In 1990, a 113-acre parcel of land was purchased from the Illinois Central Gulf Railroad, and during the next two years, then-governor Edwin Edwards brokered a deal to finance the stadium, which included issuing a $52.2 million bond. The Denver Zephyrs, a Triple A–rated minor-league team, was selected in 1992, the first professional baseball team to play in New Orleans since 1977. Construction finally began on the ballpark in 1995, two years behind schedule, in an area now known as LaSalle Park. The medium-sized stadium seats 10,000 people on three levels: two levels of grandstands, along with air-conditioned press and luxury boxes on the third tier. The stands are of typical stepped-concrete construction, supported by an exposed steel structure. The exposed structure allows visual access to the field from the circulation and concessions area and encourages the passage of cooling breezes. A canopy shades the top level. The design is dominated by an industrial aesthetic, evident in the clarity of structure, the materials, and the five circulation towers that ring the exterior. The principal facade overlooking the parking lot is, however, faced with brick—the requisite material of southern regionalism—red below the buff color on the second and third stories, with brown brick pilasters on the first level.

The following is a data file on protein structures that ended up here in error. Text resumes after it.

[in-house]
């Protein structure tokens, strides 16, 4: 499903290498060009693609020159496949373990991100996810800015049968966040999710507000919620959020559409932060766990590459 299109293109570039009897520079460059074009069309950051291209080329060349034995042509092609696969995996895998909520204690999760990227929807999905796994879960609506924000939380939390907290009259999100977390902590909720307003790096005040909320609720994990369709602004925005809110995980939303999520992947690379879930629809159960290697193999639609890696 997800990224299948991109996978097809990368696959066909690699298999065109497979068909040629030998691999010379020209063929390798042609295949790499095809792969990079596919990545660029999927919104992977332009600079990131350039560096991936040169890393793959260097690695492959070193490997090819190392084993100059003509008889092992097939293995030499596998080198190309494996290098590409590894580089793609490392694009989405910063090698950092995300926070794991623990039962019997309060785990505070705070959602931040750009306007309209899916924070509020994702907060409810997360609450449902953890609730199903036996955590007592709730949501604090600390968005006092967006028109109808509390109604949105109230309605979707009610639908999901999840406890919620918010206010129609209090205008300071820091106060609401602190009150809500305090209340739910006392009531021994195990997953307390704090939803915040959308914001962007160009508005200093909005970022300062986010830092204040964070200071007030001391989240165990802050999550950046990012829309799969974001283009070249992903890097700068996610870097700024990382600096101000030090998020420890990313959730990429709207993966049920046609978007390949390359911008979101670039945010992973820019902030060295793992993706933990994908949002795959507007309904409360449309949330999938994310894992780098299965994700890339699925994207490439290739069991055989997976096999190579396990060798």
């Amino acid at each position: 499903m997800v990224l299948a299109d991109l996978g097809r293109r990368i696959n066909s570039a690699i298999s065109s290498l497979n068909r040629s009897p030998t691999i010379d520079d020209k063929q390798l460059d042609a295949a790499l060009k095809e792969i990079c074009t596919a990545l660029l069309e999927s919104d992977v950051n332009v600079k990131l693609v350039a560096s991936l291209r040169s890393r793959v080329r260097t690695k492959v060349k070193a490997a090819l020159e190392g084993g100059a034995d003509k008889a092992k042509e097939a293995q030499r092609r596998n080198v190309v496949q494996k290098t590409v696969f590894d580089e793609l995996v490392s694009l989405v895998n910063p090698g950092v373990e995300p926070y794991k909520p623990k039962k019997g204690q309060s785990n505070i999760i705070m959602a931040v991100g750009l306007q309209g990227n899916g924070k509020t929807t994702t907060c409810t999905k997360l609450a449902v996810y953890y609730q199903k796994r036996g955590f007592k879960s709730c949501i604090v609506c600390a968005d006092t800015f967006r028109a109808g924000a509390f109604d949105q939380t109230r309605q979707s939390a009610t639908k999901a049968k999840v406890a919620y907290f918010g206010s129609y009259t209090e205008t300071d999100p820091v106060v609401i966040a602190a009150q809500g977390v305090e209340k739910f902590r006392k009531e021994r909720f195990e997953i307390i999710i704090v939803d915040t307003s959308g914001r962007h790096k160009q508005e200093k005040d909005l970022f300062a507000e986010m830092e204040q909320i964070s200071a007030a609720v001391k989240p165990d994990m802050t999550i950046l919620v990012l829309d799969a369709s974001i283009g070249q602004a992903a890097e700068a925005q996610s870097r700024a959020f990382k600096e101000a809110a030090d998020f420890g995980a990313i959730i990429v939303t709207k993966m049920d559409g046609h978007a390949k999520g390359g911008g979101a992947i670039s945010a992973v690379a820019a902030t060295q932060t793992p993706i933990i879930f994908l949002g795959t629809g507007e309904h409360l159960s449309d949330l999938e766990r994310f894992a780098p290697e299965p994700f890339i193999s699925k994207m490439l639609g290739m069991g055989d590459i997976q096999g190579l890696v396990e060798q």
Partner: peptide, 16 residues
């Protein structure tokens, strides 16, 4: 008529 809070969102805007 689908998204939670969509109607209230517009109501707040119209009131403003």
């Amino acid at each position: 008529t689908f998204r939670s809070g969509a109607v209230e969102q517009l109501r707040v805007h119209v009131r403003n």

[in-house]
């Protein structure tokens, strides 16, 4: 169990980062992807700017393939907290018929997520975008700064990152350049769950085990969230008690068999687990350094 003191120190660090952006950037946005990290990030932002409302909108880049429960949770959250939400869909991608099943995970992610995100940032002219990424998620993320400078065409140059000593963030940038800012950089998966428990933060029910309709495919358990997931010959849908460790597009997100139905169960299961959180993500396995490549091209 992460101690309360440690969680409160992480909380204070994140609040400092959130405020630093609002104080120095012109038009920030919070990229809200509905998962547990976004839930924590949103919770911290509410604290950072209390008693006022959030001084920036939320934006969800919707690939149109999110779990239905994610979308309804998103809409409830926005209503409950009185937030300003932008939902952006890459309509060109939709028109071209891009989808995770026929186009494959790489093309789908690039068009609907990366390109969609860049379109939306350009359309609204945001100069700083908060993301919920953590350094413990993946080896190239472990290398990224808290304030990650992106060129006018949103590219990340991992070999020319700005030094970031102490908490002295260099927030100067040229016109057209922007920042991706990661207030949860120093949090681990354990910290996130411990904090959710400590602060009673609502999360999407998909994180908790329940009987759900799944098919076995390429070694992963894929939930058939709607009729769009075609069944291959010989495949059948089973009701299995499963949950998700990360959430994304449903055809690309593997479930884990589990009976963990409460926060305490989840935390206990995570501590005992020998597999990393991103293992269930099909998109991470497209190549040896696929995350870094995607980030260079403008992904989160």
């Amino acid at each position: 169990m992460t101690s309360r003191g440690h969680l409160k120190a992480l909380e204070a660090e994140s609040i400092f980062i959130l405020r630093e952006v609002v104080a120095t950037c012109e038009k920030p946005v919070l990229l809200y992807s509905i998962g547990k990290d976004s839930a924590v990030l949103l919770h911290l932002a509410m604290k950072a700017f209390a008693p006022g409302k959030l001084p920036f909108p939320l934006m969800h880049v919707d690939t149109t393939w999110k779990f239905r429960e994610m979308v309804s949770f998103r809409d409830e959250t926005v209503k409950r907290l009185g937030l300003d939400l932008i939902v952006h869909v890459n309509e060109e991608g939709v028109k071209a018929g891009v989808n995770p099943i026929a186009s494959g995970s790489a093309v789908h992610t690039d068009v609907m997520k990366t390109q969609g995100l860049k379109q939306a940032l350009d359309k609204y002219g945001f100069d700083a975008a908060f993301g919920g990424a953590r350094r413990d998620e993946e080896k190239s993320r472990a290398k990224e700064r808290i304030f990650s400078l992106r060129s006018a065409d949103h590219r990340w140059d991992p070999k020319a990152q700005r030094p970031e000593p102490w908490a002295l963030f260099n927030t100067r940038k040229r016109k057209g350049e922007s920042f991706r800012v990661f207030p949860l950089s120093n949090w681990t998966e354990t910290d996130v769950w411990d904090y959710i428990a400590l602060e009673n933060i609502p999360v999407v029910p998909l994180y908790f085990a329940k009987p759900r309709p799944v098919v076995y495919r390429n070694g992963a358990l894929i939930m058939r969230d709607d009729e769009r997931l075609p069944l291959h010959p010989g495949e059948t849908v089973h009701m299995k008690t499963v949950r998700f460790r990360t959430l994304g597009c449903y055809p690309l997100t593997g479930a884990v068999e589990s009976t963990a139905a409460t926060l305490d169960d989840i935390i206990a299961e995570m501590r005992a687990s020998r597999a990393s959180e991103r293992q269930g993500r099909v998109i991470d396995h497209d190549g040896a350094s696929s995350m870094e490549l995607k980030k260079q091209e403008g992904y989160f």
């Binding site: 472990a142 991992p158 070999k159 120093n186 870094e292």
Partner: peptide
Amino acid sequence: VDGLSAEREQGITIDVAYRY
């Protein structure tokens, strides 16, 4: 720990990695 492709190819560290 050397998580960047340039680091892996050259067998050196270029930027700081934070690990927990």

Nearby, at 6400 Airline Drive, is the 1000-seat Jefferson Performing Arts Center (Wisznia and Associates; opened 2015), controversial because of its cost overruns and construction delays. Its open spaces contribute to making LaSalle Park a regional venue for active and passive recreation in Jefferson Parish.